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Richardson v. Samsung Electronics Co.

United States District Court, W.D. North Carolina, Asheville Division

December 4, 2018



          Kimberly A. Swank, United States Magistrate Judge.

         This matter is before the court on Defendants' motion for judgment on the pleadings pursuant to Federal Rule of Civil Procedure 12(c) [DE #19]. Plaintiffs have responded [DE #25], and Defendants have replied [DE #27]. Where this matter has been referred to the undersigned and the parties have not consented to the jurisdiction of the magistrate judge, Defendants' motion is undertaken pursuant to 28 U.S.C. § 636(b)(1)(B) for a memorandum and recommendation. For the reasons stated below, it is recommended that Defendants' motion be granted and Plaintiffs' complaint be dismissed, in its entirety.


         Plaintiffs Shasity Darshal Richardson and her husband, Johnathan Richardson, brought this action for injuries allegedly sustained by Mrs. Richardson as a result of an exploding cellular phone manufactured or distributed by Defendants Samsung Electronics Co., Ltd., Samsung Electronics America, Inc., Samsung C&T America, Inc., Samsung Telecommunications America, LLC[1] (collectively “the Samsung Defendants”), and United States Cellular Corporation (“U.S. Cellular”). (Compl. [DE #1] at 3-4.) Mrs. Richardson entered into a written sales contract for her “Samsung Galaxy S4” cellular device and cellular service with Defendant U.S. Cellular. (Id. at 3, 6.)

         In their complaint, Plaintiffs allege that on February 4, 2014, Mrs. Richardson was lying on her couch with her cellular phone beside her and awoke to find her cellular phone, couch, hair and arm were on fire. (Compl. at 3.) Mr. Richardson proceeded to extinguish the flames on his wife and couch. (Id.)

         Plaintiffs filed their complaint in the Superior Court of Lenoir County, North Carolina, on February 2, 2018, asserting the following causes of action against all Defendants: breach of contract (Compl. at 6-7), breach of express warranty (id. at 11-12), breach of implied warranty of merchantability (id. at 12-13), breach of implied warranty of fitness for a particular purpose (id. at 13-14), and loss of consortium (id. at 14-15). Plaintiffs also assert claims against the Samsung Defendants for negligence (id. at 8-9) and products liability under Chapter 99B of the North Carolina General Statutes (id. at 9-10). Plaintiffs seek compensatory damages, punitive damages, and attorney's fees and costs. (Id. at 15-17.)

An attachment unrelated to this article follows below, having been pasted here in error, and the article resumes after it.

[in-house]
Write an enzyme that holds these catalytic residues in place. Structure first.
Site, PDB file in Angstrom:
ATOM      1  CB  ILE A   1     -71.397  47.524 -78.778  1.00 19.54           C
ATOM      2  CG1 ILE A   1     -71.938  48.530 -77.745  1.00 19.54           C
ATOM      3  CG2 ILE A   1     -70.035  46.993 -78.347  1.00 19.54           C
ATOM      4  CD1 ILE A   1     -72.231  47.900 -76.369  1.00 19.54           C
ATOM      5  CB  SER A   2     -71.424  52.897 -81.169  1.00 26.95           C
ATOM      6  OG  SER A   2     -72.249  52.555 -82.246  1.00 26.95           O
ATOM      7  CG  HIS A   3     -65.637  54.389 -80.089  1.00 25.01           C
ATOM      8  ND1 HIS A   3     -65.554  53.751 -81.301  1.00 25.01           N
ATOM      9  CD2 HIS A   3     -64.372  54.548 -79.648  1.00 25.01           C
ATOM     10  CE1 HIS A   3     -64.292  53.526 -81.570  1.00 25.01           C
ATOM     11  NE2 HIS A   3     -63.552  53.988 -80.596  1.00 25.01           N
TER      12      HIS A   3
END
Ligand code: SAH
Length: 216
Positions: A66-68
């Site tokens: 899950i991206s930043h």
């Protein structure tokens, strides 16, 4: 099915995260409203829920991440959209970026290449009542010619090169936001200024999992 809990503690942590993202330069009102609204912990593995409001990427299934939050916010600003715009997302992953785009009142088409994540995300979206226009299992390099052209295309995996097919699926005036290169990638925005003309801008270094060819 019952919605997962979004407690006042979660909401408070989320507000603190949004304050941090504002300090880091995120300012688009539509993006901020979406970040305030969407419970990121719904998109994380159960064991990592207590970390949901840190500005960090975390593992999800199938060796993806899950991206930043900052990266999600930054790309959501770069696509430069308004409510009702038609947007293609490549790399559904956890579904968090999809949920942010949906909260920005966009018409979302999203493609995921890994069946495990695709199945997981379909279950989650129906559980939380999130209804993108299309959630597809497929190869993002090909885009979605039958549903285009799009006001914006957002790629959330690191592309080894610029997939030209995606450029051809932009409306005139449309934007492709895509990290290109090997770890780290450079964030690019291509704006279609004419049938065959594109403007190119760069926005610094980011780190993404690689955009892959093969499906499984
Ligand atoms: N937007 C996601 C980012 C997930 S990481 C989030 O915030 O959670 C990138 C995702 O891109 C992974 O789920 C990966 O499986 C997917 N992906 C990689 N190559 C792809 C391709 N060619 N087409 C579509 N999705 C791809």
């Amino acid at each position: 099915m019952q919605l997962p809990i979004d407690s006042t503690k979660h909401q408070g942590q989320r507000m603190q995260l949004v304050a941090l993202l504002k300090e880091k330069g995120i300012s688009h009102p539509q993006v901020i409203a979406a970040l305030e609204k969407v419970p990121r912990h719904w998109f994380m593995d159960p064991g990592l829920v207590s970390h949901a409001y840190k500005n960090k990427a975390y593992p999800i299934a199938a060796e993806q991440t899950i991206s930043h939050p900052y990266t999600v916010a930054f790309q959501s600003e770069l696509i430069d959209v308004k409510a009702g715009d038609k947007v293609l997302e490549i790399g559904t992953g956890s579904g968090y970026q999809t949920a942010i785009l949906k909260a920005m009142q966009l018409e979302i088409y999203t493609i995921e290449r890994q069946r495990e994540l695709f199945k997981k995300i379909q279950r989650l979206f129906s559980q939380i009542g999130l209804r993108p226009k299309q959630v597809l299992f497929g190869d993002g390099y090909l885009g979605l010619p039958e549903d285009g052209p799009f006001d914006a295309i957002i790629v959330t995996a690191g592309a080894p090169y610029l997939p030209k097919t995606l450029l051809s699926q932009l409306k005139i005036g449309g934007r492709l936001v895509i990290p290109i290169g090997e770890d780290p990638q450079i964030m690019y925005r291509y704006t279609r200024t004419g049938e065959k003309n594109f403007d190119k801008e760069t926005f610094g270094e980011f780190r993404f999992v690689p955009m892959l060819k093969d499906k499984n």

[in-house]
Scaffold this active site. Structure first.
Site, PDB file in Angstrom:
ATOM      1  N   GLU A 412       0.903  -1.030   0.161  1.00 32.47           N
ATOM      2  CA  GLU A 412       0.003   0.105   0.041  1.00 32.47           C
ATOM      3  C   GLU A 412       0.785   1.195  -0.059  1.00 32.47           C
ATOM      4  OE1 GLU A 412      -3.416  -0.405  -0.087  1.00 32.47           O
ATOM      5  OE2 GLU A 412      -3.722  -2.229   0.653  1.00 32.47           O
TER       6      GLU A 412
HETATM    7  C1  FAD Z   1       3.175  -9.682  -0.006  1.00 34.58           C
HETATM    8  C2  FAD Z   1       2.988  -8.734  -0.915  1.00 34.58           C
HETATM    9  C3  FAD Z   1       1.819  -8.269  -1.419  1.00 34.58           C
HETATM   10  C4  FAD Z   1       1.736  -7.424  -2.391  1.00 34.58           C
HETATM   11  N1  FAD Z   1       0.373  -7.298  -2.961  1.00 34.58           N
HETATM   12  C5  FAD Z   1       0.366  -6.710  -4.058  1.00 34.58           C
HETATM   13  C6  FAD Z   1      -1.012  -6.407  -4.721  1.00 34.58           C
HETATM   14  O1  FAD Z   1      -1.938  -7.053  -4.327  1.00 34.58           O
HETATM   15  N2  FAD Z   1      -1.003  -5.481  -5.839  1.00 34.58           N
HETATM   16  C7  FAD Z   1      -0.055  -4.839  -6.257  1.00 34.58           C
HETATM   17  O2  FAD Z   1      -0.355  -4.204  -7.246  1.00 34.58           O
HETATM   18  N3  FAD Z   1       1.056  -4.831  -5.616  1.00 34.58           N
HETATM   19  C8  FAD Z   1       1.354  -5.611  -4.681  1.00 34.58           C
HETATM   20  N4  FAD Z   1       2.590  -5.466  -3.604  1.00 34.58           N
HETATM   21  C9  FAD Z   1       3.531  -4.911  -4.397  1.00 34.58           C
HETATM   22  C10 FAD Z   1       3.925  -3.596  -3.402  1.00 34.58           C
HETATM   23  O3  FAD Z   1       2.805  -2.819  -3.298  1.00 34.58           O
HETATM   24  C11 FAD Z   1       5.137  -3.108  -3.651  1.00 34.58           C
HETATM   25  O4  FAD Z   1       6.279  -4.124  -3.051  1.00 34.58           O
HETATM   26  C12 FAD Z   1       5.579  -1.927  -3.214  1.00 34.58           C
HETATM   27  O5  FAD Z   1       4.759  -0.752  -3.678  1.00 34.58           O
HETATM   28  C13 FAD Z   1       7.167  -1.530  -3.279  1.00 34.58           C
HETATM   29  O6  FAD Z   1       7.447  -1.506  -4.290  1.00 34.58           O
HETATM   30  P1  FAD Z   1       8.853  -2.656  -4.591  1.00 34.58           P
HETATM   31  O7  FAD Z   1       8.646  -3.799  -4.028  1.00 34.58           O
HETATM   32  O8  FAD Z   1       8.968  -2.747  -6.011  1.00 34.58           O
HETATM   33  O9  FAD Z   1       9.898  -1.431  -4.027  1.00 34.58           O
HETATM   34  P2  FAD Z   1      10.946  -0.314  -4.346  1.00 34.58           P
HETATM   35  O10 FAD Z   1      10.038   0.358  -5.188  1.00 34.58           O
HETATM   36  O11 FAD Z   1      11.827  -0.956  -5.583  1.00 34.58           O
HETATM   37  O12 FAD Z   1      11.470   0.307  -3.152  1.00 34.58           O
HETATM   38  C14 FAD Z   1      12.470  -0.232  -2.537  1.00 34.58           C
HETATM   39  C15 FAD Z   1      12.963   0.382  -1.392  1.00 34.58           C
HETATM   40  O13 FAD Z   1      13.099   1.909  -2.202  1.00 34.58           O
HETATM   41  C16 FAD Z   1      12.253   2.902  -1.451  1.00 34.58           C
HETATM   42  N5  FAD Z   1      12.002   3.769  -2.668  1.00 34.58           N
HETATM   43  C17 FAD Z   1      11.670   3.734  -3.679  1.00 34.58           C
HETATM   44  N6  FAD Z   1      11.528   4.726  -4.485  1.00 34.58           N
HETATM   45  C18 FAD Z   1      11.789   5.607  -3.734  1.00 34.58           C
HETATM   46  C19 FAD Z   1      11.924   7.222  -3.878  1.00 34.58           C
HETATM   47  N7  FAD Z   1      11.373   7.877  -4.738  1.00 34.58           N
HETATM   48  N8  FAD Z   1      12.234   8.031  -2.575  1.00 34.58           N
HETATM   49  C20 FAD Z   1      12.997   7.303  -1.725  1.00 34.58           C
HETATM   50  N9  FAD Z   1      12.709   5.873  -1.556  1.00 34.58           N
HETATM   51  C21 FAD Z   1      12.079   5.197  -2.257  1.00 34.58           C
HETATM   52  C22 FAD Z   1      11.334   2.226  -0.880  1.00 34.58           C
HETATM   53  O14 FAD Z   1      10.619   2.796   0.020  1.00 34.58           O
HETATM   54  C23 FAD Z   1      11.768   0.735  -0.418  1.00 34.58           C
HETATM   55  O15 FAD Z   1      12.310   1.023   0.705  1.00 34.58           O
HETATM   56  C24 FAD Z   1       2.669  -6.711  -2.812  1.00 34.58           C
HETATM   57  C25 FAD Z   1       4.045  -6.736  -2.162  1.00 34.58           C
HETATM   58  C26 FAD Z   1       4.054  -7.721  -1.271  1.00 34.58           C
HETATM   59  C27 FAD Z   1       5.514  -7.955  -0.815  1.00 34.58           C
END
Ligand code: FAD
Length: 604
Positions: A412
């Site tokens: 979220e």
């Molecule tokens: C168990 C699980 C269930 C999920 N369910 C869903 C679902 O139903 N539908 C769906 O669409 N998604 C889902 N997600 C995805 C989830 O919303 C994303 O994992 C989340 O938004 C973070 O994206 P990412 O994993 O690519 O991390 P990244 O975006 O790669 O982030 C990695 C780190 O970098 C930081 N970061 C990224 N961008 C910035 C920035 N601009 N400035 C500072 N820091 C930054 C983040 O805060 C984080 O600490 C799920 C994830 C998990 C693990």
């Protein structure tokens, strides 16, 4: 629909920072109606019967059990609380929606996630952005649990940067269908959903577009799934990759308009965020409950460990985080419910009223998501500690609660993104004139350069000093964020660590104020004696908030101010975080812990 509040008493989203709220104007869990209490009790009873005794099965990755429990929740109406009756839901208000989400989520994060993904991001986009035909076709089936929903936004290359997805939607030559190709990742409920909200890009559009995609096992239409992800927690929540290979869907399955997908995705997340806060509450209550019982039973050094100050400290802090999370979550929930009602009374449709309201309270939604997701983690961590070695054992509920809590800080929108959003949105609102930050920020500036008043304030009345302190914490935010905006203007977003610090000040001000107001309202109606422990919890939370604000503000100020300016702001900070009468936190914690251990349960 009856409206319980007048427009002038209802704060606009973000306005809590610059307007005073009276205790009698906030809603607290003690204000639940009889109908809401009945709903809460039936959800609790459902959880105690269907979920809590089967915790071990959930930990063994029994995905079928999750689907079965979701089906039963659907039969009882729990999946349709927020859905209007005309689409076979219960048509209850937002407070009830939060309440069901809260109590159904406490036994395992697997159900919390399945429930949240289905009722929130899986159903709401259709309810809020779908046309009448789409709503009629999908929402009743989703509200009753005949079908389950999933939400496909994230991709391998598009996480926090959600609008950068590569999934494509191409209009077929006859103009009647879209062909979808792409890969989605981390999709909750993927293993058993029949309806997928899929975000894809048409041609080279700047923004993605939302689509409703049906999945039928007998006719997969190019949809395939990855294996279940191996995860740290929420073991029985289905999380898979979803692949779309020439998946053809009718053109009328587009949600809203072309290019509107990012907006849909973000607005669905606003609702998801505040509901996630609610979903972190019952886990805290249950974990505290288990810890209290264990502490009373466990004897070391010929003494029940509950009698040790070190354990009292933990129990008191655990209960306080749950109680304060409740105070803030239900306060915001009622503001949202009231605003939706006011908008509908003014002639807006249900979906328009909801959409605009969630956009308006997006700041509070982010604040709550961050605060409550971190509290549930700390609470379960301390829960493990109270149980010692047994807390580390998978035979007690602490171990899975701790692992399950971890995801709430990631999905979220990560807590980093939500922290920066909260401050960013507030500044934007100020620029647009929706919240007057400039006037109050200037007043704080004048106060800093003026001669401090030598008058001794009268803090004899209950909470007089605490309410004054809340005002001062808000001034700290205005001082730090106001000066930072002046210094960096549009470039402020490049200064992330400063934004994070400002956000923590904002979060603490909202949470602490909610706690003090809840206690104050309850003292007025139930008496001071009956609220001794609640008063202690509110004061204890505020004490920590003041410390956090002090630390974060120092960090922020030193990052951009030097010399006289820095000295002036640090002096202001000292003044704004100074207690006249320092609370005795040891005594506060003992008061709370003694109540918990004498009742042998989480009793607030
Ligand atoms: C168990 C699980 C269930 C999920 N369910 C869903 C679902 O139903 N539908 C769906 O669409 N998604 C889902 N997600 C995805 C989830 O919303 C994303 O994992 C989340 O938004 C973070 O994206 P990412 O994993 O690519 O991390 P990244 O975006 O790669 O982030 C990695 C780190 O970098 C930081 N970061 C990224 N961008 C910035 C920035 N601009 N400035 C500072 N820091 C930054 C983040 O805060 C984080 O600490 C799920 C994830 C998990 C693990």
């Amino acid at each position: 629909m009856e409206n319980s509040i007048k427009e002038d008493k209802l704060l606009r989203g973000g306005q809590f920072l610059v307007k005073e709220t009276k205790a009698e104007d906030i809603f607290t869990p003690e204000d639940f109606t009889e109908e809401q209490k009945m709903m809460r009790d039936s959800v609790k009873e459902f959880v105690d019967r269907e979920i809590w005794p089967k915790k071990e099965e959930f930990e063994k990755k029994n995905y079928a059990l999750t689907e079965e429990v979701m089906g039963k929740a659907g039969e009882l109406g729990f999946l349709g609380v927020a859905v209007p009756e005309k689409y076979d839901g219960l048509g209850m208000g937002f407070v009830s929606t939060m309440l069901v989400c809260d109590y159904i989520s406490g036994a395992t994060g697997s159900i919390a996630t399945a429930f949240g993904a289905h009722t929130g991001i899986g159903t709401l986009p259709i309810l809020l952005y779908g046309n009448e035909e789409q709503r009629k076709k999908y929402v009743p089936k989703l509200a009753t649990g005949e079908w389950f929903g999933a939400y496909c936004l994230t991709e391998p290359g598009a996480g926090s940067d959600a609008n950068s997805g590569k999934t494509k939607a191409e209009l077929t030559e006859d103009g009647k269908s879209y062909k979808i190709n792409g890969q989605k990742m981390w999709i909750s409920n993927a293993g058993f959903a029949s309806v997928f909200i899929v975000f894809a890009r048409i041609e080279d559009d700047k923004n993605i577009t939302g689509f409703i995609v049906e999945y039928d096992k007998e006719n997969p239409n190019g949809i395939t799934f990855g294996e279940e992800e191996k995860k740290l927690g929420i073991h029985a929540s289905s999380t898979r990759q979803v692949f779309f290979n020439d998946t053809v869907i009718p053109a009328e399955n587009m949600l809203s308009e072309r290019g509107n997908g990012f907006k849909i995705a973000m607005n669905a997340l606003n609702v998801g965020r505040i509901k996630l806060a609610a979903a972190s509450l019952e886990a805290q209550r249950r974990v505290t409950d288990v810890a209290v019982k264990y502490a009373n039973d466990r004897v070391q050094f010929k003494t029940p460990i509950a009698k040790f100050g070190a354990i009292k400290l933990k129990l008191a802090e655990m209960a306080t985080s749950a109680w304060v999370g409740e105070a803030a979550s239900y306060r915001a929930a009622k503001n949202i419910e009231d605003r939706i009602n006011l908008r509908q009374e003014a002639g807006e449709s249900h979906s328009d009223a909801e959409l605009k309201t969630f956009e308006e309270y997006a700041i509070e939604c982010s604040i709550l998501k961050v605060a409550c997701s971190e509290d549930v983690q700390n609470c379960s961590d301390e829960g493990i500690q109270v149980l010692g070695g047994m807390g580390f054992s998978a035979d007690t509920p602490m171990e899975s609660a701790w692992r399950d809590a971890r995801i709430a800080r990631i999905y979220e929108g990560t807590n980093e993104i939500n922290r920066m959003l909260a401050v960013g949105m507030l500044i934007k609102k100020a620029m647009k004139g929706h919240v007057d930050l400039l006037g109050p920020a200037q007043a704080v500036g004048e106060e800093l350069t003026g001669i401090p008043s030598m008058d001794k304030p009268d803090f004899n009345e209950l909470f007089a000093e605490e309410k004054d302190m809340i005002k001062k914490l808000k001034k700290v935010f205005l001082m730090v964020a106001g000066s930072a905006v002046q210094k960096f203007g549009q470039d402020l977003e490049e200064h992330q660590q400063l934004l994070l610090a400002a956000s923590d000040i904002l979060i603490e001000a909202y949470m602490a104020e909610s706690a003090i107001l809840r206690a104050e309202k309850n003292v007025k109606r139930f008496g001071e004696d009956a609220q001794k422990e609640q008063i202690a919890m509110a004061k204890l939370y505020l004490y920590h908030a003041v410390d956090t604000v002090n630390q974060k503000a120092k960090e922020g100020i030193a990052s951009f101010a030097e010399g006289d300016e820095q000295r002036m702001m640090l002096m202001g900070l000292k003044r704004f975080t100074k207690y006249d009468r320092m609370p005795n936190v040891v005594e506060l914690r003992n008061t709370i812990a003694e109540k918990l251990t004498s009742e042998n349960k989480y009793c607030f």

Defendants removed the action to this court [DE #1] and subsequently filed their motion for judgment on the pleadings, arguing that Plaintiffs' claims are barred by the applicable statutes of limitations. (Defs.' Mot. J. Pleadings [DE #19].) Plaintiffs have responded, arguing that the limitations period was tolled under N.C. Gen. Stat. § 35(A)-1101(7) due to Mrs. Richardson's disability of incompetency (Pls.' Resp. Mem. Defs.' Mot. J. Pleadings [DE #25].) Defendants filed a reply to Plaintiffs' response arguing insufficient allegation of fact regarding Mrs. Richardson's mental incompetency. (Defs.' Reply Mot. J. Pleadings [DE #27].)


         I. Rule 12(c) Standard

         Federal Rule of Civil Procedure 12(c) provides that “[a]fter the pleadings are closed-but early enough not to delay trial-a party may move for judgment on the pleadings.” Fed.R.Civ.P. 12(c). “A motion for judgment on the pleadings pursuant to Rule 12(c) is intended to test the legal sufficiency of the complaint.” Great Divide Ins. Co. v. Midnight Rodeo, Inc., No. 5:08-CV-204-F, 2010 WL 2077162, at *2 (E.D. N.C. May 24, 2010).

         In reviewing a motion for judgment on the pleadings, the court applies the same standard as for motions made pursuant to Rule 12(b)(6). Burbach Broad Co. v. Elkins Radio Corp., 278 F.3d 401, 406 (4th Cir. 2002). To survive dismissal, a complaint must contain sufficient factual matter, accepted as true, to “state a claim to relief that is plausible on its face.” Id. (quoting Twombly, 550 U.S. at 570) (internal quotation marks omitted). A claim is facially plausible if the plaintiff alleges factual content “that allows the court to draw the reasonable inference that the defendant is liable for the misconduct alleged” and shows more than “a sheer possibility that a defendant has acted unlawfully.” Id. Ordinarily, a complaint need contain simply “a short and plain statement of the claim showing that the pleader is entitled to relief.” Fed.R.Civ.P. 8(a)(2). However, a complaint is insufficient if it offers merely “labels and conclusions, ” “a formulaic recitation of the elements of a cause of action, ” or “naked assertion[s] devoid of further factual enhancement.” See Ashcroft v. Iqbal, 556 U.S. 662, 678 (2009) (quoting Bell Atl. Corp v. Twombly, 550 U.S. 544, 555, 557 (2007)) (alteration in original) (internal quotation marks omitted).

         Thus, when a party moves for judgment on the pleadings pursuant to Rule 12(c), the factual allegations of the complaint are taken as true, whereas those of the answer are taken as true only to the extent they have not been denied or do not conflict with those of the complaint. Pledger v. N.C. Dep't of Health & Human Servs., 7 F.Supp.2d 705, 707 (E.D. N.C. 1998).

         II. Analysis

         A. North Carolina ...

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